On this day….(March 4)

On this day, 4 March 1952, David Frederick Hazard, a well-respected Shotokan karate practitioner, was born in Bow, London.

Dave Hazard began his karate training aged sixteen at the KUGB affiliated Blackfriars Karate Club, under the instruction of Keinosuke Enoeda. Like most martial artists who had started training at the time, Hazard had begun his training in judo.

In 1972 Hazard was awarded his 1st Dan by Enoeda and was awarded his 2nd Dan in 1974. Upon the recommendation of Enoeda, Hazard travelled to Japan to train at the JKA headquarters at Ebisu, Tokyo, taking the infamous JKA Instructor’s course. In 1977 he received his 3rd Dan from Masatoshi Nakayama.

Hazard returned to England in 1978, becoming a full time instructor affiliated with the KUGB.

In  the early 1980s, twenty clubs in the South of England broke away from the KUGB to form the South of England Karate Union, which later changed its name to the Shotokan of England Karate Union (SEKU). The association was led by the respected Mike Dewey. With the expansion of the association, in 1985 Dewey asked his long time friend Hazard to join SEKU as Technical Director.

After nineteen years with SEKU, Hazard left in 2003 to form his own association, the Academy of Shotokan Karate (ASK), with the intention of promoting excellence in Shotokan as a martial art rather than a sport. The aim of ASK was endorsed by Keinosuke Enoeda, whose principles were used as guidelines for the association.

In 2007 an autobiography, Born Fighter, about Dave Hazard’s life was published.

On this day, 4 March 1962, Charles Mack was graded to 1st Dan by Masatoshi Nakayama at the JKA headquarters in Tokyo, Japan. This earned Mack the dual distinction of being the first British subject to be awarded a Shotokan Dan grade in Japan and also the first British subject to be awarded a JKA black belt.

Mack was also an accomplished judo practitioner who was awarded his 1st Dan in 1953. He moved to Japan in 1958 to further his judo. He started training at the JKA headquarters in Tokyo, where four years later he was awarded his 1st Dan.

While in Japan Mack also earned black belts in jujitsu and aikido.

Mack returned to Britain in 1965 and started teaching karate in Holborn, London. With the blessing of Nakayama he set up the International Shotokan Karate Association.

Permanent link to this article: http://findingkarate.com/wordpress/mar-04/


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    • David Evans on July 1, 2016 at 3:59 am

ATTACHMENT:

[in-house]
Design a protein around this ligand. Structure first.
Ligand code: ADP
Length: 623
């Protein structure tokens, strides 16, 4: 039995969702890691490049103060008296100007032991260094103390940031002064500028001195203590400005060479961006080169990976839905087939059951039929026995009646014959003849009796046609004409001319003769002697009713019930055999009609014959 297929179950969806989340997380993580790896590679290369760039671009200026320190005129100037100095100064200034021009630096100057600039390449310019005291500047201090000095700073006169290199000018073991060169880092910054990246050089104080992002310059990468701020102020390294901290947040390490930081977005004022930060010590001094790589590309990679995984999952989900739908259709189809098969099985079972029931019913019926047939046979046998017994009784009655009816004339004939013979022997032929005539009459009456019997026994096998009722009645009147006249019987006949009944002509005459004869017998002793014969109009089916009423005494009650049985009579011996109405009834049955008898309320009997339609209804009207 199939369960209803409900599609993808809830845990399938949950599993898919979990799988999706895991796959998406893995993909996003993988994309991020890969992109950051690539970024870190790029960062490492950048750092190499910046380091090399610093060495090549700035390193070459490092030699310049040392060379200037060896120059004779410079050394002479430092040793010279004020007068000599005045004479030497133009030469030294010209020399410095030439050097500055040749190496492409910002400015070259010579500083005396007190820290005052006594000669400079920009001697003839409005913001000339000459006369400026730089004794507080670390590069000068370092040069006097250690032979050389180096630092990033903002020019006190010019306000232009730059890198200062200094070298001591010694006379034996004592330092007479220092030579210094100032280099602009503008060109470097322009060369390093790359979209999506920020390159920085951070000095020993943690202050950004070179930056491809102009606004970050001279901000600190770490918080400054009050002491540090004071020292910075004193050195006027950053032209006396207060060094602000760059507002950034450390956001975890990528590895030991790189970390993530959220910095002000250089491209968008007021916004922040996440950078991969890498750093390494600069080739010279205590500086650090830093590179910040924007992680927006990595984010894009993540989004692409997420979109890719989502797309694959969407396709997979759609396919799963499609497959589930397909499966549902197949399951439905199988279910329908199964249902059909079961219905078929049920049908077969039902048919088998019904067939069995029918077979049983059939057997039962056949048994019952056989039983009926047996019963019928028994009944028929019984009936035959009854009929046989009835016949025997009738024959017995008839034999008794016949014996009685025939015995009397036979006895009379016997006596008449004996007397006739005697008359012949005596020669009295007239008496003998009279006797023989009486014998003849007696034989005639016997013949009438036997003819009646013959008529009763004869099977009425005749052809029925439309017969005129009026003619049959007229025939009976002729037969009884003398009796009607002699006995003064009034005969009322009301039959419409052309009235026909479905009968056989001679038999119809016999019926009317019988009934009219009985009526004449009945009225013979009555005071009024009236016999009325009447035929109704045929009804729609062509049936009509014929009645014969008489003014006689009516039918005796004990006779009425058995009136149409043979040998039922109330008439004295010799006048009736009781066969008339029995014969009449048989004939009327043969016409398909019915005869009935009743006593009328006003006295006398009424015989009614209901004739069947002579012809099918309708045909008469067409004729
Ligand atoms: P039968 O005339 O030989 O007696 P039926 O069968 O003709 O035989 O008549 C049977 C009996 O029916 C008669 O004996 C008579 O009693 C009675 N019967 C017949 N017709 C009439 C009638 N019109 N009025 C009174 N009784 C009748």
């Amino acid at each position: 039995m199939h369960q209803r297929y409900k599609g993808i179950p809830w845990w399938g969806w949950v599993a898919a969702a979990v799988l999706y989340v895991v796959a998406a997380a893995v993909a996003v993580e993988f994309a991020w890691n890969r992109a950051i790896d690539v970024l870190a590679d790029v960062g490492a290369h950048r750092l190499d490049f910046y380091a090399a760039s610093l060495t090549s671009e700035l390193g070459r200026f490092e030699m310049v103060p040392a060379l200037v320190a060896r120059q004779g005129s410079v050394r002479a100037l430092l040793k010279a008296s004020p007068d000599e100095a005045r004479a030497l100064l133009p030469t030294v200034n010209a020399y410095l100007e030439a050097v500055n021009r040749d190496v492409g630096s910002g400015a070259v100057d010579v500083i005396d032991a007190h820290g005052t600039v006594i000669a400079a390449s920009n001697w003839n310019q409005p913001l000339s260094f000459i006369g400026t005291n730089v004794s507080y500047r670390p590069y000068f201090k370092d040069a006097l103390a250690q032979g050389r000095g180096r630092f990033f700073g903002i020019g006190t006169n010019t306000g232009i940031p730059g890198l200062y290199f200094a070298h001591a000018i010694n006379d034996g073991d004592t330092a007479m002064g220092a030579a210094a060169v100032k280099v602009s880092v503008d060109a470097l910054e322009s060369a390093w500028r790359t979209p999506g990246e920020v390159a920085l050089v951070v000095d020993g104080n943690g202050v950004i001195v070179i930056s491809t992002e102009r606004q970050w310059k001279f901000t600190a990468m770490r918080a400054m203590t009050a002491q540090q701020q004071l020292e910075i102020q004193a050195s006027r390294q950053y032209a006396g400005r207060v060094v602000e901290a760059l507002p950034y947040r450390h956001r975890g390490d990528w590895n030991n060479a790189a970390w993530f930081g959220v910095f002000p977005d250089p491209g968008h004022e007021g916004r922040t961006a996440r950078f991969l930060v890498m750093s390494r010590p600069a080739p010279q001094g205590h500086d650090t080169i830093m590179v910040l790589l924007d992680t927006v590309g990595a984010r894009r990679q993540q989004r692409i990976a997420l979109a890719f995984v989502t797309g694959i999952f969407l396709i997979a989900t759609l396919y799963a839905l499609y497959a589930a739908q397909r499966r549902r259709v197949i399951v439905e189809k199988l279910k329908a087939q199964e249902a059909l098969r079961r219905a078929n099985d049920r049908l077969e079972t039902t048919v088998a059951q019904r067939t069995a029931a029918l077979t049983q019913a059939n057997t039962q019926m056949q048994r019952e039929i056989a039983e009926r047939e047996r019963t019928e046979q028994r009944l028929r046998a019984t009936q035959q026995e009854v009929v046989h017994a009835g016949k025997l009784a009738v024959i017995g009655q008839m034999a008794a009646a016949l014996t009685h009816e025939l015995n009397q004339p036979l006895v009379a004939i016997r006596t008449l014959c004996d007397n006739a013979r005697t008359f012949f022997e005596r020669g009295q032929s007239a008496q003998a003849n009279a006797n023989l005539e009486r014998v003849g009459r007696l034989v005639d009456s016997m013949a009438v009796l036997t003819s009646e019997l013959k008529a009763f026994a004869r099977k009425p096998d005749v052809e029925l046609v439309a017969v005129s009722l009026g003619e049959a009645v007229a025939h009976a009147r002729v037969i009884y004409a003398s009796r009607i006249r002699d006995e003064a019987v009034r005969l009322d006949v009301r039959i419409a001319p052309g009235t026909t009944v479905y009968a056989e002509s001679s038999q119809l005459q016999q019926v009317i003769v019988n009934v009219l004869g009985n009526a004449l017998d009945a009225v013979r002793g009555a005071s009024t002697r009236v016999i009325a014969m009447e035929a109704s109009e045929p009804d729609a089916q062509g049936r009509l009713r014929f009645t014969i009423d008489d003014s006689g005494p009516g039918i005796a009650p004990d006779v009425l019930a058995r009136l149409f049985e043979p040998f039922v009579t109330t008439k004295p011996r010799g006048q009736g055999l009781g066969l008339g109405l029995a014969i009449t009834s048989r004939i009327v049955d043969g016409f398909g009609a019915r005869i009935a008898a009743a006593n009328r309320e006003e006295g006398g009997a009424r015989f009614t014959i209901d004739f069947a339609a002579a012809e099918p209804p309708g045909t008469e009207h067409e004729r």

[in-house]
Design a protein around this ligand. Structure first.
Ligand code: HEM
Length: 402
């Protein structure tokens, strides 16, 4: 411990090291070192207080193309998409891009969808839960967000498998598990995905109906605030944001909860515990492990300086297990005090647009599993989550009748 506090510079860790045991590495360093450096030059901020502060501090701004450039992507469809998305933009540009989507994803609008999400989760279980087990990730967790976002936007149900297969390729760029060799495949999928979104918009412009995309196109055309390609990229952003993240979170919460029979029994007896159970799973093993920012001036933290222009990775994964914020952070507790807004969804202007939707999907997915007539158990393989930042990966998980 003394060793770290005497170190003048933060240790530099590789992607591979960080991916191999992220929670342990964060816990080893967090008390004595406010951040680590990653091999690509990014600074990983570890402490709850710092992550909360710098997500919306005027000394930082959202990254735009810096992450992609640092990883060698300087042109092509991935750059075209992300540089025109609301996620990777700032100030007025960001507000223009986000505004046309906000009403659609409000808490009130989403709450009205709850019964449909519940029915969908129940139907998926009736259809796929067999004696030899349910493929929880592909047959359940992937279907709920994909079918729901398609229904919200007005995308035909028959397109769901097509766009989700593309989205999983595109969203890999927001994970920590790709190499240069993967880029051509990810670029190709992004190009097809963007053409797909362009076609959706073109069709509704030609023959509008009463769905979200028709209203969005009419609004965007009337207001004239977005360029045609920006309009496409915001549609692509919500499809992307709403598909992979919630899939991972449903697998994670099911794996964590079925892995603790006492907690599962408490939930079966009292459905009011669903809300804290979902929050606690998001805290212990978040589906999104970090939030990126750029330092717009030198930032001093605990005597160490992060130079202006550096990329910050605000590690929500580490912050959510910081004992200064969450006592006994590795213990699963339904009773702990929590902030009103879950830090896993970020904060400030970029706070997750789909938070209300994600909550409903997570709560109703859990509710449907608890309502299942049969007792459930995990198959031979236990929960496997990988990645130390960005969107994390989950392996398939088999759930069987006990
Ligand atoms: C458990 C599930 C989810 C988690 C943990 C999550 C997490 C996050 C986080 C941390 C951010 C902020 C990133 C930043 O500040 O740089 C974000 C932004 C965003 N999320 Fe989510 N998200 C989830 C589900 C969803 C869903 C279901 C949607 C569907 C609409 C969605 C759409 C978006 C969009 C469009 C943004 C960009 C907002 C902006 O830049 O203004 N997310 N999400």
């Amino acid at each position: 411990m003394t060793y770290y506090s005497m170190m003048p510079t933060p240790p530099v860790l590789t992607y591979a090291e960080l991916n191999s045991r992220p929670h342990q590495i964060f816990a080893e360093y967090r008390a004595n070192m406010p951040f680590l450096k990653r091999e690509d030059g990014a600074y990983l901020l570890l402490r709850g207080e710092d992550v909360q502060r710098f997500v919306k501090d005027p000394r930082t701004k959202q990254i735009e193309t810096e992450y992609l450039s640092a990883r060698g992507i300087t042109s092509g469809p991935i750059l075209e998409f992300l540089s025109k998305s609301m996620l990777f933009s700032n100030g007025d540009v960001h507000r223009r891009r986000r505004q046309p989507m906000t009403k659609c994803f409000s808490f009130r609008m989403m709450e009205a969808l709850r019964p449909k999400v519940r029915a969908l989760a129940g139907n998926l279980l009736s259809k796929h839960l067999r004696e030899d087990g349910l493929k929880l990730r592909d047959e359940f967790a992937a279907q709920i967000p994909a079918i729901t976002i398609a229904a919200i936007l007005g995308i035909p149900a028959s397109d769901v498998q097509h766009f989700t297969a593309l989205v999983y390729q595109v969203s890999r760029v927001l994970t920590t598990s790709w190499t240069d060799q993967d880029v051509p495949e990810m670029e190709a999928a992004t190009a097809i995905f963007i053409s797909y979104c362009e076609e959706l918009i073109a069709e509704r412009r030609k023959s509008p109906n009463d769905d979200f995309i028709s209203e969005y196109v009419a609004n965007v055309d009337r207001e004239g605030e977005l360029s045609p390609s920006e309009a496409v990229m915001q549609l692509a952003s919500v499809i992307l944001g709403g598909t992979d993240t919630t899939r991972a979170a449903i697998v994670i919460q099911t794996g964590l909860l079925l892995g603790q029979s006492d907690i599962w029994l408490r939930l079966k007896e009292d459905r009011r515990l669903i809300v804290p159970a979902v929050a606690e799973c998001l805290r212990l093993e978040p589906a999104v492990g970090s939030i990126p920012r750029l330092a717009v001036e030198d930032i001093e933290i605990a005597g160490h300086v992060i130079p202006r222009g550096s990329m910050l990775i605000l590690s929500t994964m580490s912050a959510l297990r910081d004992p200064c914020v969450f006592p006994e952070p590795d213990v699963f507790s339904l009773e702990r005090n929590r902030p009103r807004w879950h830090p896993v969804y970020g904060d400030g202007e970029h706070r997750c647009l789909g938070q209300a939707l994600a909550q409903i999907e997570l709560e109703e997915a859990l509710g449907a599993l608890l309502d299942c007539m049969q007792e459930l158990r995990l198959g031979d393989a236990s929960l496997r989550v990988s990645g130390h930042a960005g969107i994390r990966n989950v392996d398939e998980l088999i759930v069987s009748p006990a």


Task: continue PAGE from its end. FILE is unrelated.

• Reply

    I attended the London Karate Club in Holborn in 1966 under the tuition of Charles Mack.

    Charles also ran a training program at the Budokwai in South Kensington. The style was Shotokan.

    I broke my leg at the London Budokwai delivering a roundhouse kick against a Persian combatant, who blocked my kick with a high knee. I was transported St. Stephens hospital and was unable to work for three months.

    Charles Mack was a very powerful player. I believe his strength came from his judo. He was 5th Dan Judo, 2nd Dan Karate and 1st Dan Aikido when I knew him. I believe he was the first westerner to earn three Dan grades in different martial art disciplines.

    Charles Mack lived in Worlds End with his Japanese wife. For some years he had lived in Japan where he taught English.

    David Evans
    Thorpe Bay

    1. Thank you for the comment Mr Evans.

      I greatly appreciate you providing more insight Charles Mack. I feel there is a need to shed light on many of the pioneers who paved the way for the art we love so much.

        • David Evans on July 2, 2016 at 2:36 am
        • Reply

        Thank you for your speedy reply Patrick.

        Great reverence was shown to the art in those early days, and the styles were pure, unadulterated by western ways.

        Charles Mack fostered training that incorporated a healthy component of free sparring, kumite, as well as kata.

        Other training programs, such as the Blackfriars club run by Kanazawa, who was at that time an All Japan Champion, were more focused on kata.

        I can recall being lifted off my feet with a yoko geri while three step sparring with Charles Mack. The kick was delivered in a relatively slow fashion, but was strong enough to cause my feet to leave the ground.

        Charles Mack was a powerfully built man, and I at that time was probably a little under 10 stone.

        I also recall being thrown down the hall at the Holborn club, when he wanted to demonstrate how to provide a strong blocking technique by having others hold his arm to prevent the motion.

        Charles Mack was a great early contributor to the teaching of Shotokan Karate in London. I would be very interested to learn of people’s experiences of training with Charles Mack.

        David Evans

        1. Hello David.

          Like you, I would be very interested in learning more about Charles Mack (and other instructors). It is very easy to forget some of the great martial artists that have preceded us.

    • David Jardine on July 16, 2016 at 10:32 pm
    • Reply

    I trained under Charles Mack in the early 80s in Victoria London , he certainly stood out as an excellent instructor , I used to help with the warming up of the students prior to Mr Mack teaching .
    He was brilliant , much admired by all present

    • David Evans on July 21, 2016 at 7:53 pm
    • Reply

    Thank you for your information on Charles Mack.

    As I have recorded elsewhere, I trained with Charles Mack at the London Karate Club in Holborn and at the London Budokwai.

    I believe he was the first European to gain Dan grades in Japan in three martial arts.

    When I trained with him in 1966 he held:

    Judo 5th Dan
    Karate 2nd Dan
    Aikido 1st Dan

    David Evans

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